Most of the answers given by job seekers are: I close my eyes and feel it, pretending to be a blind person to describe to myself, as long as I can understand yellow, blind people will understand; tell him that yellow is the warm feeling of the sun on the body; Give him bananas and tell him that bananas are yellow...
In fact, if you think about it carefully, you will find that the title only gives half of the user's identity: invisible items. The other half is not clear: Congenital blind or acquired blind?
If he is born blind, it means that he has never seen yellow, let alone what yellow looks like; if he is acquired blind, he has known yellow before, but he has forgotten about yellow after becoming blind.
The difference between the two is: the former has never seen yellow and can only feel it through his senses; the latter can ask him which yellow objects he has an impression of, and help him awaken his memory by describing the objects.
Therefore, be sure to identify the user before answering the question. Only by first determining who to solve the problem can we better understand their needs and provide them with solutions.
Second, clarify the needs
Suppose the user is congenitally blind and has never seen yellow. Before you describe it for him, you need to clarify the second thing: why does he want to know about yellow? In what situations does he need to know about yellow? That is what we often say: needs and scenarios.
I assumed three requirements:
He wants to know which items are yellow
He wants to know about colors
he needs to identify yellow
Requirement 1: Want to know which items are yellow
The world of the blind is colorless, or that all objects are one color—black. They have no concept of color, they don't even know what color is.
But he may wish he was using Latest Mailing Database certain objects with color. For example, the next time he eats fruit, he will know that the bananas he eats and the oranges he peels are two colors. For such needs, the yellow items can be "classified" and then relayed.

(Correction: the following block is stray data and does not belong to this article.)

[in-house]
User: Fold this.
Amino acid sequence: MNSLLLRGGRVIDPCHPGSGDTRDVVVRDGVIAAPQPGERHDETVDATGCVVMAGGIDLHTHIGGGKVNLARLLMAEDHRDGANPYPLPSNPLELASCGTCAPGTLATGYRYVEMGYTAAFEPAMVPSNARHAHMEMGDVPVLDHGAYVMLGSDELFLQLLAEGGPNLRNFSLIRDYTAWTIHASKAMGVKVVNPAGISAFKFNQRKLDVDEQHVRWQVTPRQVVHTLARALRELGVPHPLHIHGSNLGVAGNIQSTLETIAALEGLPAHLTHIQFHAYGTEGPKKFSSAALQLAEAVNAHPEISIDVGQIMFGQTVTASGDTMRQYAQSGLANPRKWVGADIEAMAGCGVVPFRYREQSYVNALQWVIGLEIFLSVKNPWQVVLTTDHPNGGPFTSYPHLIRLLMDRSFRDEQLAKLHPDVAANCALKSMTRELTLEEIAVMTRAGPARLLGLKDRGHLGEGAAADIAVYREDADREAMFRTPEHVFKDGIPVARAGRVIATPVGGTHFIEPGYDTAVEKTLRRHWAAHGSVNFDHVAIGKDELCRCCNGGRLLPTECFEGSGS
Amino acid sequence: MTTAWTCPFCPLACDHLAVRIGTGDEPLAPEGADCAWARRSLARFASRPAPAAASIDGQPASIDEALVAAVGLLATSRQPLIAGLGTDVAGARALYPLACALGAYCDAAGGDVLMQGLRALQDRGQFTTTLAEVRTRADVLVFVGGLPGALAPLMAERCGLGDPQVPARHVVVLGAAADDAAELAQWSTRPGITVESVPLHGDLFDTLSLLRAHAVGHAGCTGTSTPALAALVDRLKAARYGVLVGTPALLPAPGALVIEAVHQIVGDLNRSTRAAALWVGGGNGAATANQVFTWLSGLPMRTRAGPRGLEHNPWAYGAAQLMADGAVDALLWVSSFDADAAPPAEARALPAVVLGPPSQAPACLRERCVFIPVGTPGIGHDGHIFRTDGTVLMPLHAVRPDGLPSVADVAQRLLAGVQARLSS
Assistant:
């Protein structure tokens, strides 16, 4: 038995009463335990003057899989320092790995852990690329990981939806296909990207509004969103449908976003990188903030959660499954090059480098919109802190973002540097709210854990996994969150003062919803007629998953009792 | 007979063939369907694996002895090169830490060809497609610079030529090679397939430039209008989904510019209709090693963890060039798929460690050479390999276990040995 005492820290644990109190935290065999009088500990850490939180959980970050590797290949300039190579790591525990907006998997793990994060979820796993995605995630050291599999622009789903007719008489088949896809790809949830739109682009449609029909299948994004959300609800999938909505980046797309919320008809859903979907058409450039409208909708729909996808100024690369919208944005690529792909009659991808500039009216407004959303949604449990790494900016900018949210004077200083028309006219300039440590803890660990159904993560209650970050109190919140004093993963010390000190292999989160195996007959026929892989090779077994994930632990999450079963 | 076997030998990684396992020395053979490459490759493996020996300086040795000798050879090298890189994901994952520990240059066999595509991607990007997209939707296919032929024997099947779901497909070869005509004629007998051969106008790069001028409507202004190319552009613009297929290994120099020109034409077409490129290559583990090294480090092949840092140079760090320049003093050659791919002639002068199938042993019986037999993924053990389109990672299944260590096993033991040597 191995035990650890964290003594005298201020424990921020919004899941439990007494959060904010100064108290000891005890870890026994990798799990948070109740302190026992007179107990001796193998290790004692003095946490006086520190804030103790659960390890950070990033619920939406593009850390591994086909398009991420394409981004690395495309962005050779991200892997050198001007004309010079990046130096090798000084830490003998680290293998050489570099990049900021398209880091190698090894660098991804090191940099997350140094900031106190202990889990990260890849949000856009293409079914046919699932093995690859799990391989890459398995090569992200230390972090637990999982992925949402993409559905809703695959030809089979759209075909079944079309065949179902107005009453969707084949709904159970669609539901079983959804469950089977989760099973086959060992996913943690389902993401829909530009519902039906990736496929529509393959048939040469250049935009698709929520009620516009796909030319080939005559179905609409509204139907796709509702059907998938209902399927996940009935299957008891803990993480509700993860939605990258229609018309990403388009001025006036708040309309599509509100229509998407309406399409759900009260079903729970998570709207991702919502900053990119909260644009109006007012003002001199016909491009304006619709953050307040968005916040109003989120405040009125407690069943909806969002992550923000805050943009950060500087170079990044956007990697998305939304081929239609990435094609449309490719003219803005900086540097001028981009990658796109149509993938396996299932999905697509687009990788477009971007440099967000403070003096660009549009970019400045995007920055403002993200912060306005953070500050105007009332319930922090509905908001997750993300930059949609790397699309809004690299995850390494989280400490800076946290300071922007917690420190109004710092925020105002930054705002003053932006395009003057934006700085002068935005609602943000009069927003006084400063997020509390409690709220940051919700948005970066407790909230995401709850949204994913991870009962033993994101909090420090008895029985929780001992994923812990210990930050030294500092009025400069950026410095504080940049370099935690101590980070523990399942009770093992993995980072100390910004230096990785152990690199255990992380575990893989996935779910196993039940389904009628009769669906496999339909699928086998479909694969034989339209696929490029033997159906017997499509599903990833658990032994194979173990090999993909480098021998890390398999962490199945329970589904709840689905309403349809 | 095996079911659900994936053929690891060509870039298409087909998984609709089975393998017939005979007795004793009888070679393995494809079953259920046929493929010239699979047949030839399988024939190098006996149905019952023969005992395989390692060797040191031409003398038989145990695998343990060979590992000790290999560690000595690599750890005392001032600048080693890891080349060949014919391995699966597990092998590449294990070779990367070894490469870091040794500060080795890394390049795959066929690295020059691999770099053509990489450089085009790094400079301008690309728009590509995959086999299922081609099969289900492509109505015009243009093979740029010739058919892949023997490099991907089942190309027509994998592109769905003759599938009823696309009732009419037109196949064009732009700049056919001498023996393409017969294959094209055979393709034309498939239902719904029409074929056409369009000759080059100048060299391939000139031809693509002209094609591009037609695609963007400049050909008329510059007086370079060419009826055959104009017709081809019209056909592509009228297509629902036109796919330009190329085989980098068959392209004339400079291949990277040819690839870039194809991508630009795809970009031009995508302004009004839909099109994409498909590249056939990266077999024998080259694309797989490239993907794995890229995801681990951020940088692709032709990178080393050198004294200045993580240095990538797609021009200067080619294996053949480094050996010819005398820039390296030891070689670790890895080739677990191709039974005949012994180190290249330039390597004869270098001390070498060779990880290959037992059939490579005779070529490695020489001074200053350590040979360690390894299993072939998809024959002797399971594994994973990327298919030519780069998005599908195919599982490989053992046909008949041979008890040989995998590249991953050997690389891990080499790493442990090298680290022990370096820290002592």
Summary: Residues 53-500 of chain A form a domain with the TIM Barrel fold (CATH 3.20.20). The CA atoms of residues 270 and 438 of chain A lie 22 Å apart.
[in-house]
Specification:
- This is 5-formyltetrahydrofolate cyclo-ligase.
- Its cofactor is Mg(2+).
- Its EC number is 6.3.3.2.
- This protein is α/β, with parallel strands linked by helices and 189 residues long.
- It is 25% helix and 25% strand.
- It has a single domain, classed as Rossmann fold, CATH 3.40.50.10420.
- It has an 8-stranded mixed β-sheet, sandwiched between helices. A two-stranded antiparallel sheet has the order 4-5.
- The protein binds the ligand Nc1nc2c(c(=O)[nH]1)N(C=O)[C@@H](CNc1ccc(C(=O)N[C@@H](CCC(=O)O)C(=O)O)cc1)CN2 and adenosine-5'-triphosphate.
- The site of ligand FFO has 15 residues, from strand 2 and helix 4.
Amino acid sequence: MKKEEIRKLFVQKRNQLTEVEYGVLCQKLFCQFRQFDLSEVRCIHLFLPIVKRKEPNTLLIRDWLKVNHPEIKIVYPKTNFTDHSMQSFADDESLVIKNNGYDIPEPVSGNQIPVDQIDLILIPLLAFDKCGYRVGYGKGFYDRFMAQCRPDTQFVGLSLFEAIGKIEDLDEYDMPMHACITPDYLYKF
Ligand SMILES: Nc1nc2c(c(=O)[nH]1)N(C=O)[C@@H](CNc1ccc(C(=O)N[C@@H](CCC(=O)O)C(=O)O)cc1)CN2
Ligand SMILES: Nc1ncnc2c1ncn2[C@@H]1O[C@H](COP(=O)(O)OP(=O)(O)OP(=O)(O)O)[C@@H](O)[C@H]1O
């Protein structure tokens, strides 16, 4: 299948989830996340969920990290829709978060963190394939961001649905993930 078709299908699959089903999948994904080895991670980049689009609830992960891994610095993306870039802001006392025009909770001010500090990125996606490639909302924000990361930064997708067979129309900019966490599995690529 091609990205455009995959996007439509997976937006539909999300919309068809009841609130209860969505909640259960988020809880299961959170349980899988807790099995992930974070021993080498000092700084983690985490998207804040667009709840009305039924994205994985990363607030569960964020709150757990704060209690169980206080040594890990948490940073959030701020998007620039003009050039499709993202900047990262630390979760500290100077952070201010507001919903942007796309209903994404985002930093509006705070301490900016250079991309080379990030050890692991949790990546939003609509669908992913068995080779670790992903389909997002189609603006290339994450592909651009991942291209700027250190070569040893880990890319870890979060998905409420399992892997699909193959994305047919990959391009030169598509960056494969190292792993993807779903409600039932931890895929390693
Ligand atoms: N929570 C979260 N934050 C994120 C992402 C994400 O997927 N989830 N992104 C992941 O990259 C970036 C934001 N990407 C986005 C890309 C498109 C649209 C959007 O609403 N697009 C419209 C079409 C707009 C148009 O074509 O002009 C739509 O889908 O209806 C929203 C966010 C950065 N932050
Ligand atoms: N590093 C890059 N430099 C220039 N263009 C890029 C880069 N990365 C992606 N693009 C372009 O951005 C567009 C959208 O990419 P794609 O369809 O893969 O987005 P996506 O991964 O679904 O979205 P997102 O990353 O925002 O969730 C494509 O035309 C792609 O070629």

The yellow of fruit, the yellow of sunlight, the yellow of autumn leaves, the yellow of gold medals, the yellow of grain, the yellow of flowers, the yellow of land... Although they are all yellow, the meanings expressed and the messages conveyed are different. "Category description" can make the other party's feelings about things more clear and accurate.
Just like the example mentioned above, if you tell him that sunflowers are yellow, the next time someone mentions sunflowers, he will know in his heart: oh ~ it is a yellow plant; if you tell him that corn is also yellow, he will think: oh ~ Grain the same color as sunflowers.
Requirement 2: Want to know about color
If he is just curious about colors and wants to know about colors, yellow is just one of them. The question then becomes: how to describe colors to blind people.
You can use other senses to let him experience different colors (including yellow), or you can use the "comparison" method to let him know that the world is colorful, and let him know that different colors feel different.
For example, the feeling brought by yellow:
Like a ray of sunshine in winter, warm and comfortable
Like a royal crown, noble and atmospheric
Like seeing the flickering lights in the distance in the desert in the middle of the night, it is hope and inspiration
It is also like stepping on the streets sprinkled with maple leaves in autumn, the sound of clack clack
Or the feeling of the autumn breeze blowing through the wheat fields
It's like the egg tart left on the corner of a child's mouth, sweet and crispy
It is also the softness of desert sand
Another example is the feeling brought by red:
It's like holding the hand of a sweetheart for the first time, and the little heart is thumping
It is also like the Spring Festival couplet posted in front of the gate of the New Year's Eve
It's like eating a chili pepper
Requirement 3: Need to identify yellow
There are fewer but more typical scenarios where blind people need to distinguish yellow, such as traffic lights.